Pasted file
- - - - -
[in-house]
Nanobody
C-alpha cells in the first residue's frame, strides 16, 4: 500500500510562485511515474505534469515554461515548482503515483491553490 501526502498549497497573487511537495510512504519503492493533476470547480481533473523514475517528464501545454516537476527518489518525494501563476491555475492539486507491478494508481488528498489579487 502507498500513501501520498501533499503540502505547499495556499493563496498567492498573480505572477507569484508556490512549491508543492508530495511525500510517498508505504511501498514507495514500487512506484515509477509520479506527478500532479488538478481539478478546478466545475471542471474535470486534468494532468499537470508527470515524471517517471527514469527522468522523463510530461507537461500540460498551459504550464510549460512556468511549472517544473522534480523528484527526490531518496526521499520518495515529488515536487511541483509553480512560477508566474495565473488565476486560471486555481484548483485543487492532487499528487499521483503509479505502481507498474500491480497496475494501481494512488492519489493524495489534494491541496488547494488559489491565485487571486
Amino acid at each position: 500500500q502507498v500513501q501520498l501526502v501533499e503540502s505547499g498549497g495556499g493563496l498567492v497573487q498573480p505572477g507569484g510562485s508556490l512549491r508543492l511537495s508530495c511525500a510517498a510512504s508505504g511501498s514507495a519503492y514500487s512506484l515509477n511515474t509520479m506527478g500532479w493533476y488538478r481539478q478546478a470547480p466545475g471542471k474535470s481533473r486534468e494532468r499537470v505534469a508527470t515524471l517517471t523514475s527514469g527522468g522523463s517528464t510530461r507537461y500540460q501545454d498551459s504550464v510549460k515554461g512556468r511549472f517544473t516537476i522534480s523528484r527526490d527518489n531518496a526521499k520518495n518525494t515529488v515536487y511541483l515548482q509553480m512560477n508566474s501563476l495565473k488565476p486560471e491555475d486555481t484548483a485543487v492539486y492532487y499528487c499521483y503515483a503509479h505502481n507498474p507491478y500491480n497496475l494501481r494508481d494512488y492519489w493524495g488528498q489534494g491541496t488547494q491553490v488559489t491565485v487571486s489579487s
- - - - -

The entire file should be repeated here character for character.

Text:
[in-house]
Nanobody
C-alpha cells in the first residue's frame, strides 16, 4: 500500500510562485511515474505534469515554461515548482503515483491553490 501526502498549497497573487511537495510512504519503492493533476470547480481533473523514475517528464501545454516537476527518489518525494501563476491555475492539486507491478494508481488528498489579487 502507498500513501501520498501533499503540502505547499495556499493563496498567492498573480505572477507569484508556490512549491508543492508530495511525500510517498508505504511501498514507495514500487512506484515509477509520479506527478500532479488538478481539478478546478466545475471542471474535470486534468494532468499537470508527470515524471517517471527514469527522468522523463510530461507537461500540460498551459504550464510549460512556468511549472517544473522534480523528484527526490531518496526521499520518495515529488515536487511541483509553480512560477508566474495565473488565476486560471486555481484548483485543487492532487499528487499521483503509479505502481507498474500491480497496475494501481494512488492519489493524495489534494491541496488547494488559489491565485487571486
Amino acid at each position: 500500500q502507498v500513501q501520498l501526502v501533499e503540502s505547499g498549497g495556499g493563496l498567492v497573487q498573480p505572477g507569484g510562485s508556490l512549491r508543492l511537495s508530495c511525500a510517498a510512504s508505504g511501498s514507495a519503492y514500487s512506484l515509477n511515474t509520479m506527478g500532479w493533476y488538478r481539478q478546478a470547480p466545475g471542471k474535470s481533473r486534468e494532468r499537470v505534469a508527470t515524471l517517471t523514475s527514469g527522468g522523463s517528464t510530461r507537461y500540460q501545454d498551459s504550464v510549460k515554461g512556468r511549472f517544473t516537476i522534480s523528484r527526490d527518489n531518496a526521499k520518495n518525494t515529488v515536487y511541483l515548482q509553480m512560477n508566474s501563476l495565473k488565476p486560471e491555475d486555481t484548483a485543487v492539486y492532487y499528487c499521483y503515483a503509479h505502481n507498474p507491478y500491480n497496475l494501481r494508481d494512488y492519489w493524495g488528498q489534494g491541496t488547494q491553490v488559489t491565485v487571486s489579487s